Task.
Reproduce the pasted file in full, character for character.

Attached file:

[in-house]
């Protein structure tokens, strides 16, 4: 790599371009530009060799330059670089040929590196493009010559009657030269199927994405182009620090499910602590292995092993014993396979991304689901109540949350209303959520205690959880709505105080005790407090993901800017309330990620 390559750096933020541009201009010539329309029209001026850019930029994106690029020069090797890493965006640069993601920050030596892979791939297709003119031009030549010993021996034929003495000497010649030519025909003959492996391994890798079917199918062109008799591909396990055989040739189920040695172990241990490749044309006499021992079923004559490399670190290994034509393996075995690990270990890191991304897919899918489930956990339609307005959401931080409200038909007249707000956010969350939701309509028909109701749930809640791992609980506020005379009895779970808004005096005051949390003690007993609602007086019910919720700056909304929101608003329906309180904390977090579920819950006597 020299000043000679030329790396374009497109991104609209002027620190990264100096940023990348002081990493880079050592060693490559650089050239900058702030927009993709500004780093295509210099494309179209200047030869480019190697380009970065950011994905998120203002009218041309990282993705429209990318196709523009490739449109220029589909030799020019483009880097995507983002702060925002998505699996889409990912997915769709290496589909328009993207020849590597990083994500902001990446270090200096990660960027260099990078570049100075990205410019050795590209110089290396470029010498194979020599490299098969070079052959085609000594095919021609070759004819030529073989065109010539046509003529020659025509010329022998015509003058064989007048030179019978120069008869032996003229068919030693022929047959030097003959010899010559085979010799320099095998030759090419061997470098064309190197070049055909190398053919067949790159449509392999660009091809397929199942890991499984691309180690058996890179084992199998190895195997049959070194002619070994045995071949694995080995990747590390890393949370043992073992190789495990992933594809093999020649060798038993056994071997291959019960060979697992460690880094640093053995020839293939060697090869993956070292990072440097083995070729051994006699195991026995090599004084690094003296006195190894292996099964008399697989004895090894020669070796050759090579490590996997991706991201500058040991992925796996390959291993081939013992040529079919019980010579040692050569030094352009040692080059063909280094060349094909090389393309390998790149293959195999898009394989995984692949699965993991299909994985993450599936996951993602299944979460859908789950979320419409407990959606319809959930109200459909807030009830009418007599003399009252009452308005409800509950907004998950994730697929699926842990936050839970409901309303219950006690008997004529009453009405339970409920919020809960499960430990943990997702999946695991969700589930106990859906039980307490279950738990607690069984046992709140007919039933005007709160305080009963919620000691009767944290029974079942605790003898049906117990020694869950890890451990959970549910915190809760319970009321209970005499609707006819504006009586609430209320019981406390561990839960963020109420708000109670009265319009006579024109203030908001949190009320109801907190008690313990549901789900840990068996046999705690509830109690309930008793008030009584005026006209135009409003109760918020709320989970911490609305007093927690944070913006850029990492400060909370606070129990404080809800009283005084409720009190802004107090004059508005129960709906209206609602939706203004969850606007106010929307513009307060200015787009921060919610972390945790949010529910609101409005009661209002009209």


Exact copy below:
[in-house]
């Protein structure tokens, strides 16, 4: 790599371009530009060799330059670089040929590196493009010559009657030269199927994405182009620090499910602590292995092993014993396979991304689901109540949350209303959520205690959880709505105080005790407090993901800017309330990620 390559750096933020541009201009010539329309029209001026850019930029994106690029020069090797890493965006640069993601920050030596892979791939297709003119031009030549010993021996034929003495000497010649030519025909003959492996391994890798079917199918062109008799591909396990055989040739189920040695172990241990490749044309006499021992079923004559490399670190290994034509393996075995690990270990890191991304897919899918489930956990339609307005959401931080409200038909007249707000956010969350939701309509028909109701749930809640791992609980506020005379009895779970808004005096005051949390003690007993609602007086019910919720700056909304929101608003329906309180904390977090579920819950006597 020299000043000679030329790396374009497109991104609209002027620190990264100096940023990348002081990493880079050592060693490559650089050239900058702030927009993709500004780093295509210099494309179209200047030869480019190697380009970065950011994905998120203002009218041309990282993705429209990318196709523009490739449109220029589909030799020019483009880097995507983002702060925002998505699996889409990912997915769709290496589909328009993207020849590597990083994500902001990446270090200096990660960027260099990078570049100075990205410019050795590209110089290396470029010498194979020599490299098969070079052959085609000594095919021609070759004819030529073989065109010539046509003529020659025509010329022998015509003058064989007048030179019978120069008869032996003229068919030693022929047959030097003959010899010559085979010799320099095998030759090419061997470098064309190197070049055909190398053919067949790159449509392999660009091809397929199942890991499984691309180690058996890179084992199998190895195997049959070194002619070994045995071949694995080995990747590390890393949370043992073992190789495990992933594809093999020649060798038993056994071997291959019960060979697992460690880094640093053995020839293939060697090869993956070292990072440097083995070729051994006699195991026995090599004084690094003296006195190894292996099964008399697989004895090894020669070796050759090579490590996997991706991201500058040991992925796996390959291993081939013992040529079919019980010579040692050569030094352009040692080059063909280094060349094909090389393309390998790149293959195999898009394989995984692949699965993991299909994985993450599936996951993602299944979460859908789950979320419409407990959606319809959930109200459909807030009830009418007599003399009252009452308005409800509950907004998950994730697929699926842990936050839970409901309303219950006690008997004529009453009405339970409920919020809960499960430990943990997702999946695991969700589930106990859906039980307490279950738990607690069984046992709140007919039933005007709160305080009963919620000691009767944290029974079942605790003898049906117990020694869950890890451990959970549910915190809760319970009321209970005499609707006819504006009586609430209320019981406390561990839960963020109420708000109670009265319009006579024109203030908001949190009320109801907190008690313990549901789900840990068996046999705690509830109690309930008793008030009584005026006209135009409003109760918020709320989970911490609305007093927690944070913006850029990492400060909370606070129990404080809800009283005084409720009190802004107090004059508005129960709906209206609602939706203004969850606007106010929307513009307060200015787009921060919610972390945790949010529910609101409005009661209002009209």